‘No signs of life’ from devastating China plane crash

A photo, released by Xinhua News Agency, of wreckage from the downed China Eastern flight, which has believed to have killed 132 people.

A photo, released by Xinhua News Agency, of wreckage from the downed China Eastern flight, which has believed to have killed 132 people. Photo: AAP

A witness has described seeing a plane “falling directly from the sky in front of him”, as more details emerge about the shocking Boeing crash in China.

“The plane fell vertically from the sky. Although I was very far away, I could still see that it was a plane. The plane did not smoke during the fall. The fire started after it fell into the mountain, followed by a lot of smoke,” the witness, identified only by his surname, Liu, has told Beijing Youth Daily.

“My heart was thumping. I immediately informed friends about the situation, that this area is dangerous and not to come nearby,” he said.


Rescuers continued on Tuesday to search in the heavily forested mountains of China’s southern Guangxi region for survivors of the China Eastern Airlines jet crash, with state media describing the situation as “grim”.

Parts of the Boeing 737-800 jet were found on Monday strewn across mountain slopes charred by fire after China’s first crash involving a commercial plane since 2010.

The six-year-old plane was en route from the south-western city of Kunming, capital of Yunnan province, to Guangzhou, capital of Guangdong, bordering Hong Kong, when it crashed.

A group from the Chinese aviation regulator has been deployed to the crash site, along with local fire, rescue and paramilitary forces.

Wet weather is forecast this week where the plane crashed.

In describing the difficult terrain, state media said the crash site was hemmed in by mountains on three sides, with access along just one tiny path.

Another witness, from Molang village in Tengxian county – near the scene of the crash – told China News Services that he had seen “wings and pieces of the plane, as well as pieces of clothing hanging from trees”.

The man, whose name was not revealed, rode his motorbike to the crash site after hearing “a huge explosion” about 2.40pm to “see if he could participate in the rescue”. He said the crash caused “about 10 acres (four hectares) of fire”.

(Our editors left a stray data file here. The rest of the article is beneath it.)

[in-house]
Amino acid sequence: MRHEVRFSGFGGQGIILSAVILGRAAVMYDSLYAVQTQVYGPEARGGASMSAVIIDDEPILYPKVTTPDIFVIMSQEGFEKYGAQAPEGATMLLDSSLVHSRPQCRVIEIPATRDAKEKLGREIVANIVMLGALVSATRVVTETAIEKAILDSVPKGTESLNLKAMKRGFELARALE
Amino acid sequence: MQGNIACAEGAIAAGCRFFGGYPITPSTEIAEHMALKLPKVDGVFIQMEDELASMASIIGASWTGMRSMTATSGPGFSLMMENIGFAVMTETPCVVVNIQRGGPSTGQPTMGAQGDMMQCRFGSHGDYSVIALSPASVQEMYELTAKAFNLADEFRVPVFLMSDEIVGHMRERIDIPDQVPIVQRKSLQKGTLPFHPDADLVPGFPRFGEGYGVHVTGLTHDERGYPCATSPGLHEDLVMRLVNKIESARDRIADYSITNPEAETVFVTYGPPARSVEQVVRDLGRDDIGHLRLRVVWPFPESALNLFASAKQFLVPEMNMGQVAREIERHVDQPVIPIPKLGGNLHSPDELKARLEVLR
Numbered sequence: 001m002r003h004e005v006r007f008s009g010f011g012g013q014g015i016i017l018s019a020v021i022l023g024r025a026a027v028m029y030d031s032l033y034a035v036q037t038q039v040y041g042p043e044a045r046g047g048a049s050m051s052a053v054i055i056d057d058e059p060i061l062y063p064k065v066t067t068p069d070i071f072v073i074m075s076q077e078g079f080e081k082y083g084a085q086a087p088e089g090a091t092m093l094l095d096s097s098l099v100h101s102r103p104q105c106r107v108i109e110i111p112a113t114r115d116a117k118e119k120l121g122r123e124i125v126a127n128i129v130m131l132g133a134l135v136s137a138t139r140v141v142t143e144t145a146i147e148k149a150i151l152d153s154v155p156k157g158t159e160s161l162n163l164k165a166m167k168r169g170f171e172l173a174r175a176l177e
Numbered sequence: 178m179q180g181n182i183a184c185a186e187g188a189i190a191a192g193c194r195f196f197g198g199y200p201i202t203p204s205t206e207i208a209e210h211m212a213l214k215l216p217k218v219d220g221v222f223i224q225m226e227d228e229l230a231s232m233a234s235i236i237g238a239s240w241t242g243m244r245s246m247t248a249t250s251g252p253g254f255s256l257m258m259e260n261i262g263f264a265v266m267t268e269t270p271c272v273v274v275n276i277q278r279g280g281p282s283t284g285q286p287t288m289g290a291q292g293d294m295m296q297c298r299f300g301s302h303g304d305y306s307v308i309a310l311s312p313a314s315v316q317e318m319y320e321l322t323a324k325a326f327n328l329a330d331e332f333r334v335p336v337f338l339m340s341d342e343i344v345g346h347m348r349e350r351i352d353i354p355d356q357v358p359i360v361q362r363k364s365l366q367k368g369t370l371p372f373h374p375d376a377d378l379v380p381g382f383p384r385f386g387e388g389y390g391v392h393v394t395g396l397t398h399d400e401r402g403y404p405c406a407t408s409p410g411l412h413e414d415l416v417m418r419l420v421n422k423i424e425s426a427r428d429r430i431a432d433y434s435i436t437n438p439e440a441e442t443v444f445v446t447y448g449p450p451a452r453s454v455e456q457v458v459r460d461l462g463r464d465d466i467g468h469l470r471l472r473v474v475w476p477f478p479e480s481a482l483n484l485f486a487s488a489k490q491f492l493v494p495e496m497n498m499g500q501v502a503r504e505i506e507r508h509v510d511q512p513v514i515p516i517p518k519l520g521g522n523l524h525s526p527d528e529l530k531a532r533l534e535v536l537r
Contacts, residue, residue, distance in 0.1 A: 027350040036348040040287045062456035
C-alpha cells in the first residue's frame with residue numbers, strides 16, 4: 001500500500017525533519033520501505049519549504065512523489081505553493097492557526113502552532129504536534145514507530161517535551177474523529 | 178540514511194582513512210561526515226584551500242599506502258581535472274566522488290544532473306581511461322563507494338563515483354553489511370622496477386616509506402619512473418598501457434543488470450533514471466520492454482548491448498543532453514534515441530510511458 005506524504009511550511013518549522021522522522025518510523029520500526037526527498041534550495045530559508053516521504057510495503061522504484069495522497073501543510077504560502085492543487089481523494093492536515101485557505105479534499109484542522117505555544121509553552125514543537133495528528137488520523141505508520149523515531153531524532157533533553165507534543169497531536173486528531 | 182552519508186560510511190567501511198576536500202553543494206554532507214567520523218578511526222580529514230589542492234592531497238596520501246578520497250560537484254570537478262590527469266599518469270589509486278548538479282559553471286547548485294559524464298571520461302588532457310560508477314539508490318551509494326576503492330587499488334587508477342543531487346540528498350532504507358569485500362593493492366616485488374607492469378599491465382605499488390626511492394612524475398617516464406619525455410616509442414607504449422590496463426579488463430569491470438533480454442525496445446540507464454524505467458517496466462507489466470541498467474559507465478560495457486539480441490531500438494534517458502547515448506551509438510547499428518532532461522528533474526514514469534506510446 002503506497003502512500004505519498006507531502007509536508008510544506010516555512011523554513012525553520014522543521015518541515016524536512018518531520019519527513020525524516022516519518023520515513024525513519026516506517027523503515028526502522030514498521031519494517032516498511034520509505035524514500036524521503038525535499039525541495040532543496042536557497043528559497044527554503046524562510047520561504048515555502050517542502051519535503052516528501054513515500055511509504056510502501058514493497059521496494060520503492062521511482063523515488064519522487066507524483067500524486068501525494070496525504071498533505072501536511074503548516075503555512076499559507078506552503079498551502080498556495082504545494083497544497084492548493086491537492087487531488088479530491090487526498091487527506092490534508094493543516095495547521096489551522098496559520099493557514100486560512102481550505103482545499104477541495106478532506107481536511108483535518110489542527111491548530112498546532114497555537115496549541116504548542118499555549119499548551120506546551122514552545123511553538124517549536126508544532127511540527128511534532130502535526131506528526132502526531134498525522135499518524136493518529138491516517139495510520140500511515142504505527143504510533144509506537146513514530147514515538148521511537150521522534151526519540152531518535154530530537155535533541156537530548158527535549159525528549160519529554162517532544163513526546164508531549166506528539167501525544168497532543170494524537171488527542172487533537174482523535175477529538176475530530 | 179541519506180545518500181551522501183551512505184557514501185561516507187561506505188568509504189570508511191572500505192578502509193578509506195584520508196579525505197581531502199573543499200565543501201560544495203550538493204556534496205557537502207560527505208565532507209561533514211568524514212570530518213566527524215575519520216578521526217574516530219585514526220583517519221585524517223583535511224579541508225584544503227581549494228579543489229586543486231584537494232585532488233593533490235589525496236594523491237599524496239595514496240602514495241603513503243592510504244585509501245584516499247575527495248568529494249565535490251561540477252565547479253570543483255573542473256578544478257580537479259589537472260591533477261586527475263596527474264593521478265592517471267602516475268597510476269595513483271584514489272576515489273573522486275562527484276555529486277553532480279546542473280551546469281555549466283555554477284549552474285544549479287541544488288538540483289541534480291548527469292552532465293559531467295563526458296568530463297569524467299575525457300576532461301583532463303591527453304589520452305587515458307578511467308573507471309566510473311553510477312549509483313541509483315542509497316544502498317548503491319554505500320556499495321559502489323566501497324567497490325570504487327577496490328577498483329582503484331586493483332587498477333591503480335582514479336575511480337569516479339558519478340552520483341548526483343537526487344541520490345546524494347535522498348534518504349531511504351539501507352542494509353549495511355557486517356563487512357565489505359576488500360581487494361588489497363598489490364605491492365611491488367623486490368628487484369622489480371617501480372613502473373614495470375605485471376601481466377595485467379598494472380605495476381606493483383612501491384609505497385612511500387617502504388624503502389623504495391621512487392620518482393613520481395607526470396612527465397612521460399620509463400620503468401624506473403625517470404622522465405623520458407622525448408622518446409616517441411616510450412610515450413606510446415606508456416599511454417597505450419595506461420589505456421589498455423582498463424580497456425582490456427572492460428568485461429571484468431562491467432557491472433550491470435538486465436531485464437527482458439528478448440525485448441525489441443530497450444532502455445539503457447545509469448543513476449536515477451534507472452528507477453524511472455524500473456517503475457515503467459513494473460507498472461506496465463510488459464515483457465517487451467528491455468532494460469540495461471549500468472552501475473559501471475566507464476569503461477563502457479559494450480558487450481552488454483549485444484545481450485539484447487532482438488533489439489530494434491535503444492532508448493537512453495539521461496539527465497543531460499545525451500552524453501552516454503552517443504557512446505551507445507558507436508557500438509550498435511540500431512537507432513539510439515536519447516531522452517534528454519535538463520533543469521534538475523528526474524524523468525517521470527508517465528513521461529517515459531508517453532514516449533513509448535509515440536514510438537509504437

Media cited a rescue official as saying the plane had disintegrated and caused a fire destroying bamboo trees.

Other footage posted online and shared by state media outlet People’s Daily show plumes of smoke billowing from a mountainous, forested area. Another clip shows what appears to be wreckage from the plane on a muddy mountain path.

The Civil Aviation Administration of China said the aircraft lost contact over the city of Wuzhou.

China Eastern said the cause of the crash – in which the plane descended at 31,000 feet a minute, according to flight tracking website FlightRadar24 – was under investigation.

Video footage from a vehicle’s dashcam has emerged apparently showing a jet diving to the ground behind trees at an angle of about 35 degrees off vertical.

People’s Daily reported that President Xi Jinping had ordered “all-out search and rescue efforts” for survivors.

The airline said it deeply mourned the passengers and crew, without specifying how many people had been killed.

State media has described the situation as appearing “grim”, with the possibility of all onboard perishing unable to be ruled out.

The People’s Daily quoted a provincial firefighting department official as saying there was no sign of life among the debris.

State media showed a piece of the plane on a scarred, earthen hillside.

There was no sign of a fire or personal belongings.

Boeing said it was ready to assist China Eastern and was in contact with US transportation safety regulators over the incident.

US aviation analyst Robert Mann said investigators would need flight data recorders to understand what might have caused the abrupt descent suggested by Automatic Dependent Surveillance-Broadcast (ADS-B) data.

ADS-B is a technology that allows aircraft to be tracked.

Crashes during the cruise phase of flights are relatively rare even though this phase accounts for the majority of flight time.

Boeing said last year only 13 per cent of fatal commercial accidents globally between 2011 and 2020 occurred during the cruise phase, whereas 28 per cent occurred on final approach and 26 per cent on landing.

“Usually the plane is on auto-pilot during cruise stage. So it is very hard to fathom what happened,” said Li Xiaojin, a Chinese aviation expert.

Online weather data showed partly cloudy conditions with good visibility in Wuzhou at the time of the crash.

President Xi Jinping called for investigators to determine the cause of the crash as soon as possible, state broadcaster CCTV reported.

Boeing said in a statement that its thoughts were with the passengers and crew.

“Boeing is in contact with the US National Transportation Safety Board and our technical experts are prepared to assist with the investigation led by the Civil Aviation Administration of China,” the company said.

China Eastern grounded its fleet of 737-800 planes after the crash, state media reported.

China Eastern has 109 of the aircraft in its fleet, according to FlightRadar24.

The 737-800 has a good safety record and is the predecessor to the 737 MAX model that has been grounded in China for more than three years after fatal crashes in Indonesia and Ethiopia.

China’s airline safety record has been among the best in the world for a decade.

“The CAAC has very rigid safety regulations and we will just need to wait for more details,” said Shukor Yusof, head of Malaysia-based aviation consultancy Endau Analytics. ​

-with AAP

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